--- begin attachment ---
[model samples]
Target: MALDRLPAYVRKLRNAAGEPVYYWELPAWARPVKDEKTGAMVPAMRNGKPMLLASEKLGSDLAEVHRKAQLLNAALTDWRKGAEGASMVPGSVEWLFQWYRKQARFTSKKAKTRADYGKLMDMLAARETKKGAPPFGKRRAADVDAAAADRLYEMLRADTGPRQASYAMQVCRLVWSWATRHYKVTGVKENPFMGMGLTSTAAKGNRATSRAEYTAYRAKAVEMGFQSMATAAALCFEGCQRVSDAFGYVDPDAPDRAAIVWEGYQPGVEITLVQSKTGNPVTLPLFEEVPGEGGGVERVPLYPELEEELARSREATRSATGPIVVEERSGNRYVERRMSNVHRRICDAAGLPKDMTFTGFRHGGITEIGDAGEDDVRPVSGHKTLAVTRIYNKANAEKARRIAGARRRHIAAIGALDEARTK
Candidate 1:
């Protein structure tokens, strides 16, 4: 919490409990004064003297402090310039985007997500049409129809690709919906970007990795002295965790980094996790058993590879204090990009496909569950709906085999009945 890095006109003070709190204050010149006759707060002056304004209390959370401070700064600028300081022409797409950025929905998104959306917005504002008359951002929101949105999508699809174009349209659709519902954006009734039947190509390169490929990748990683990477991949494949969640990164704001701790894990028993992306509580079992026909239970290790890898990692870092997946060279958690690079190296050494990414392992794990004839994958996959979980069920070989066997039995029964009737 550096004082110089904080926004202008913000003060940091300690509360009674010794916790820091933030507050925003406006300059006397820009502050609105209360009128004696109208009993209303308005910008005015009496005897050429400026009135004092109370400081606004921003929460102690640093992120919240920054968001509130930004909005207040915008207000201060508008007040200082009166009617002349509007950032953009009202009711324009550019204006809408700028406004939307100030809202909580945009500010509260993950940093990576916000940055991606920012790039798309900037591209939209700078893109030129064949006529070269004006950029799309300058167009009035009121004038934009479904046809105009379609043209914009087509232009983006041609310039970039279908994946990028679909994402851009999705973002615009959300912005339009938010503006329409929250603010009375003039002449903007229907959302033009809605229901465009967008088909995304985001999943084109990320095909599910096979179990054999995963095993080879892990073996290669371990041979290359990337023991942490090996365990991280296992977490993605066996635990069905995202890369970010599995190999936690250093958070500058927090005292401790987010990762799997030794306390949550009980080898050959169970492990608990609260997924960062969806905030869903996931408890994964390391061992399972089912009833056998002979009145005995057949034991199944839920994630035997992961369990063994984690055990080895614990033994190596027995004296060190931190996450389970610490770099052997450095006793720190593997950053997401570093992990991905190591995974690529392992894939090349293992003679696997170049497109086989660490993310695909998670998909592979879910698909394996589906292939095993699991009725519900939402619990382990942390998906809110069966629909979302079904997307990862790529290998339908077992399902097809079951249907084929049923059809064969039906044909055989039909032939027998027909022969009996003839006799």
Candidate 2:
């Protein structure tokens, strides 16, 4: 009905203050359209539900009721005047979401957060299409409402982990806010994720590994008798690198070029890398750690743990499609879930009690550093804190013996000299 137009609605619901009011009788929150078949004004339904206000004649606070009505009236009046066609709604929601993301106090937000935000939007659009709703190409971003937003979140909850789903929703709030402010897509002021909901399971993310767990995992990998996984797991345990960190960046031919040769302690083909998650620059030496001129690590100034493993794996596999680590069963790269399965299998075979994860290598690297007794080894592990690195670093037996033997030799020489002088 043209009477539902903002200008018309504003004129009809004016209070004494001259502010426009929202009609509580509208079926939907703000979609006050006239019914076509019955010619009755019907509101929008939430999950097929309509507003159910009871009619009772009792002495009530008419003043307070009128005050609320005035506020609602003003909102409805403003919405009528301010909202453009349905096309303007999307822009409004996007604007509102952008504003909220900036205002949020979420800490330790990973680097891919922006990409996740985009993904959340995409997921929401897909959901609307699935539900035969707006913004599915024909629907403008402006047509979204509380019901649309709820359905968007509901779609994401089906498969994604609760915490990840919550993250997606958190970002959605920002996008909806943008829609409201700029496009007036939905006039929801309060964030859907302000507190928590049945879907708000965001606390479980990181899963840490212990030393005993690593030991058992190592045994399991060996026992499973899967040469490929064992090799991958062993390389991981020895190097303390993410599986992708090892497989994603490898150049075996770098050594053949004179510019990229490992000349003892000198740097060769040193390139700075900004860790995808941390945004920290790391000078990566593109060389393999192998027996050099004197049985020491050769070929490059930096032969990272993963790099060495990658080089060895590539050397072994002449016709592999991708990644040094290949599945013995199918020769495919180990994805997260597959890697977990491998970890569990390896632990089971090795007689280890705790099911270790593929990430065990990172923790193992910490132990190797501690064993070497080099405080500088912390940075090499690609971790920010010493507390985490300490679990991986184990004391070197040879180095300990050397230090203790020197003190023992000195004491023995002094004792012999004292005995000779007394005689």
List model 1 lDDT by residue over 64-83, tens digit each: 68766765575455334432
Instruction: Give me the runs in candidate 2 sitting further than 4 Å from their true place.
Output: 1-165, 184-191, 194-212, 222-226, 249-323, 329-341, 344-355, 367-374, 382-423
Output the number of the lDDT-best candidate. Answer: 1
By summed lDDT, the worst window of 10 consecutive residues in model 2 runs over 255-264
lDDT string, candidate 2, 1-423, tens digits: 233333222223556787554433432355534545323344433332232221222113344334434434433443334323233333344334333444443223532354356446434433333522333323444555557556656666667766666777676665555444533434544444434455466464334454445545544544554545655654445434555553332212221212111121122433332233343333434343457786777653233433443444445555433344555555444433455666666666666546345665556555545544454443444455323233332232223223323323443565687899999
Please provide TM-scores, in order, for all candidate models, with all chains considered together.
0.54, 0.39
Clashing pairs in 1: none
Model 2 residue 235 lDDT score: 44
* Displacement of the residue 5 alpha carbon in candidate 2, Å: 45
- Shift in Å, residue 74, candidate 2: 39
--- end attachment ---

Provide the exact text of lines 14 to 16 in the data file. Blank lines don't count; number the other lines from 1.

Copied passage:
0.54, 0.39
Clashing pairs in 1: none
Model 2 residue 235 lDDT score: 44